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Merkel cell carcinoma is a highly aggressive cutaneous neuroendocrine tumor that has been associated with Merkel cell polyomavirus in up to 80% of cases. Merkel cell polyomavirus is believed to influence pathogenesis, at least in part, through expression of the large T antigen, which includes a retinoblastoma protein-binding domain. However, there appears(More)
A recurrent somatic mutation frequently found in cytogenetically normal acute myeloid leukemia (AML) is internal tandem duplication (ITD) in the fms-related tyrosine kinase 3 gene (FLT3). This mutation is generally detected in the clinical laboratory by PCR and electrophoresis-based product sizing. As the number of clinically relevant somatic mutations in(More)
Next-generation sequencing (NGS) has emerged as a powerful technique for the detection of genetic variants in the clinical laboratory. NGS can be performed using DNA from FFPE tissue, but it is unknown whether such specimens are truly equivalent to unfixed tissue for NGS applications. To address this question, we performed hybridization-capture enrichment(More)
The identification of recurrent gene rearrangements in the clinical laboratory is the cornerstone for risk stratification and treatment decisions in many malignant tumors. Studies have reported that targeted next-generation sequencing assays have the potential to identify such rearrangements; however, their utility in the clinical laboratory is unknown. We(More)
Next generation sequencing (NGS), or massively paralleled sequencing, refers to a collective group of methods in which numerous sequencing reactions take place simultaneously, resulting in enormous amounts of sequencing data for a small fraction of the cost of Sanger sequencing. Typically short (50-250 bp), NGS reads are first mapped to a reference genome,(More)
Although next-generation sequencing (NGS) has been the domain of large genome centers, it is quickly becoming more accessible to general pathology laboratories. In addition to finding single-base changes, NGS allows for the detection of larger structural variants, including insertions/deletions, translocations, and viral insertions. We describe the use of(More)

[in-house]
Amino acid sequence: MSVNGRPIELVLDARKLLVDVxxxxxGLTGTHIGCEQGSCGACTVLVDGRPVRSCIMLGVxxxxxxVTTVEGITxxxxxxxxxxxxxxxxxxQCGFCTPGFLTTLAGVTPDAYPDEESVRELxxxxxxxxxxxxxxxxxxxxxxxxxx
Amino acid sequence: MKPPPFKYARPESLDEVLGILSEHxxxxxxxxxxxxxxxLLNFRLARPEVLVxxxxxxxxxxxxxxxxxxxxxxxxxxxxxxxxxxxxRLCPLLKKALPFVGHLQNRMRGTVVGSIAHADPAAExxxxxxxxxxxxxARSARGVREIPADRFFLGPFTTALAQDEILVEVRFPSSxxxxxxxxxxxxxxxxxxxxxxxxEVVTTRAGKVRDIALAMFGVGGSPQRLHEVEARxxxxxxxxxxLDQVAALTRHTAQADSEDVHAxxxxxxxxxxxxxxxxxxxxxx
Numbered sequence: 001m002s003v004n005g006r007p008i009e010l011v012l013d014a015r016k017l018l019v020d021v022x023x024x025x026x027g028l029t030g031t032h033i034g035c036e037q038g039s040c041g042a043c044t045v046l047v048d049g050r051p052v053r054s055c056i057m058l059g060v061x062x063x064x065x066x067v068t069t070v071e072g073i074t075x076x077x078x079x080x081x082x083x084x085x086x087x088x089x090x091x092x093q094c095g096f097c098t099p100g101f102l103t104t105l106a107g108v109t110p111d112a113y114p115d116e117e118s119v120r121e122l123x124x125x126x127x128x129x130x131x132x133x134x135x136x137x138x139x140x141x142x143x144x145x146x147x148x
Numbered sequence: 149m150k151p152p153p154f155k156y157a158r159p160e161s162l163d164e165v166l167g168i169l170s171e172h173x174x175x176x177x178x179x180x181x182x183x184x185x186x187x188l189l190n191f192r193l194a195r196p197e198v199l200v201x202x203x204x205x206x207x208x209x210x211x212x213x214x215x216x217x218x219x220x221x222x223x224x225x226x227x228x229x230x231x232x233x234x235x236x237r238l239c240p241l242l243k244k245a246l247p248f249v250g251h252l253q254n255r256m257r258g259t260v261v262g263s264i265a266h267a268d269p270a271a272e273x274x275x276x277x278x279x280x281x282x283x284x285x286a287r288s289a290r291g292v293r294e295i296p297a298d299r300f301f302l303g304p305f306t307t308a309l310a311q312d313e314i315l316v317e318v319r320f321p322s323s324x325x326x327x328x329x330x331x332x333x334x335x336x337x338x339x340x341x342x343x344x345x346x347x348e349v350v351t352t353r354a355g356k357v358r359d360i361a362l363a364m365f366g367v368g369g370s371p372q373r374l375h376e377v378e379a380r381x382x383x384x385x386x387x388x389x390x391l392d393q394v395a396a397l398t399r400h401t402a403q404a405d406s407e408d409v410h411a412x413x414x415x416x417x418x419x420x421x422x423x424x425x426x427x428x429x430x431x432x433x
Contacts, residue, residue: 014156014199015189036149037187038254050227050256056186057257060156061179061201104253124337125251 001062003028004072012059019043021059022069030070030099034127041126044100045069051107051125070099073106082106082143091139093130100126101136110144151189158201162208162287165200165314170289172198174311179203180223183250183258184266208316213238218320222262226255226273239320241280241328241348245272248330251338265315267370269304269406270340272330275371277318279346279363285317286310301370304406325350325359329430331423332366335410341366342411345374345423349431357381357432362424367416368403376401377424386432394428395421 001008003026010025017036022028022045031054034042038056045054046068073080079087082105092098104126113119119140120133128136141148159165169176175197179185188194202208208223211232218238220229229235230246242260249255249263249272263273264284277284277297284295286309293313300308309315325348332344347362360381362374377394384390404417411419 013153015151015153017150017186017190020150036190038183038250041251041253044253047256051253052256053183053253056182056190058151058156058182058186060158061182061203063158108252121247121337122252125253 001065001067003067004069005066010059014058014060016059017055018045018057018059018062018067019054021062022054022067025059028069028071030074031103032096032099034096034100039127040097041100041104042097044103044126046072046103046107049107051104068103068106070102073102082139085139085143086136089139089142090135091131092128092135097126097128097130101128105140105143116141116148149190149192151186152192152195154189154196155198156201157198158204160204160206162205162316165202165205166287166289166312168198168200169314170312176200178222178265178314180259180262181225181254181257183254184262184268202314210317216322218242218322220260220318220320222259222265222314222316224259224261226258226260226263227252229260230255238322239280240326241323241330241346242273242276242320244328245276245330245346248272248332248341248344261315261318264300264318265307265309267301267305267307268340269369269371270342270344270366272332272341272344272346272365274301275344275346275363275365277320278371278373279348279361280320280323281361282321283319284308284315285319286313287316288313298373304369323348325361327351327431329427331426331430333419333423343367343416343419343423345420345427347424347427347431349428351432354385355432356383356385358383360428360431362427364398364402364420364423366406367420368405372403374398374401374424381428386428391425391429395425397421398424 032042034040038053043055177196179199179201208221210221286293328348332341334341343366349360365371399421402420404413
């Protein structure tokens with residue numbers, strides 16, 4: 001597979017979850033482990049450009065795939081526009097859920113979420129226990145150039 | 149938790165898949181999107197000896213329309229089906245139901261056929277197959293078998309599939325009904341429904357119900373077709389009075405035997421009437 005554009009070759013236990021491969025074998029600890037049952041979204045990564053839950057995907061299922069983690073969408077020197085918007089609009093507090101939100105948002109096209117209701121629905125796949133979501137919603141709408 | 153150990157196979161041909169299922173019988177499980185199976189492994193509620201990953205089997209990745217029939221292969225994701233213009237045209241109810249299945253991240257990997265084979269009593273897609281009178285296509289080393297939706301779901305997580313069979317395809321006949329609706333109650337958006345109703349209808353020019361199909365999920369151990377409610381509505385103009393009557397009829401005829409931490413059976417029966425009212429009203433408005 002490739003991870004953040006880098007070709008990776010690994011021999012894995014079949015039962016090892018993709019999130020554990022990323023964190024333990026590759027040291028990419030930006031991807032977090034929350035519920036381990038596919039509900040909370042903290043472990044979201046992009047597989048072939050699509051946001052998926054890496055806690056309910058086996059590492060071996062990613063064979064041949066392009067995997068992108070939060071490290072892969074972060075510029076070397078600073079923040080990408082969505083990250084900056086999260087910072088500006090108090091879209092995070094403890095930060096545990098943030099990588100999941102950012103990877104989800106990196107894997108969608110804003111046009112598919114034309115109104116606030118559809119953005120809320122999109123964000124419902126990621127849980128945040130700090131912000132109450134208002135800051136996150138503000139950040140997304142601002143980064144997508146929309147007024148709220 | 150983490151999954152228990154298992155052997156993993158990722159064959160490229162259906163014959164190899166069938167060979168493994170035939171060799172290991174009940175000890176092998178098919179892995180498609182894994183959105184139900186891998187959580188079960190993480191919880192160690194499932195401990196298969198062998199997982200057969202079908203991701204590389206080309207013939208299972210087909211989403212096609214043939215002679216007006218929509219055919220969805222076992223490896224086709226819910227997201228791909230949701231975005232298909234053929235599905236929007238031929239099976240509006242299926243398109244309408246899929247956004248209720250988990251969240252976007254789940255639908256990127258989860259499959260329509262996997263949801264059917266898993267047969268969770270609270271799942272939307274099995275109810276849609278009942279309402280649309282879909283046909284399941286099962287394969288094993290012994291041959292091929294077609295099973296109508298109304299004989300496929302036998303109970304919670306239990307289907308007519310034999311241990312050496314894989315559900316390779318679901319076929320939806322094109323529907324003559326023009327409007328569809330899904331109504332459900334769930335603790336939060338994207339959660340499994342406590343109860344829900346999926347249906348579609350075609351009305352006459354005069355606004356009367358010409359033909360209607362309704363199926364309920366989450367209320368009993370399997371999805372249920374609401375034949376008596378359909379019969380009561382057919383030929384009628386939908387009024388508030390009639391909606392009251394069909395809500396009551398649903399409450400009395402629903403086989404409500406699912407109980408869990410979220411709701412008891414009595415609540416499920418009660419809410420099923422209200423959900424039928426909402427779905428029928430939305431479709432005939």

Currently, oncology testing includes molecular studies and cytogenetic analysis to detect genetic aberrations of clinical significance. Next-generation sequencing (NGS) allows rapid analysis of multiple genes for clinically actionable somatic variants. The WUCaMP assay uses targeted capture for NGS analysis of 25 cancer-associated genes to detect mutations(More)
Leukemias are currently subclassified based on the presence of recurrent cytogenetic abnormalities and gene mutations. These molecular findings are the basis for risk-adapted therapy; however, such data are generally obtained by disparate methods in the clinical laboratory, and often rely on low-resolution techniques such as fluorescent in situ(More)
With the advent of large-scale genomic analysis, the genetic landscape of glioblastoma (GBM) has become more clear, including characteristic genetic alterations in EGFR. In routine clinical practice, genetic alterations in GBMs are identified using several disparate techniques that consume already limited amounts of tissue and add to overall testing costs.(More)
MOTIVATION Targeted 'deep' sequencing of specific genes or regions is of great interest in clinical cancer diagnostics where some sequence variants, particularly translocations and indels, have known prognostic or diagnostic significance. In this setting, it is unnecessary to sequence an entire genome, and target capture methods can be applied to limit(More)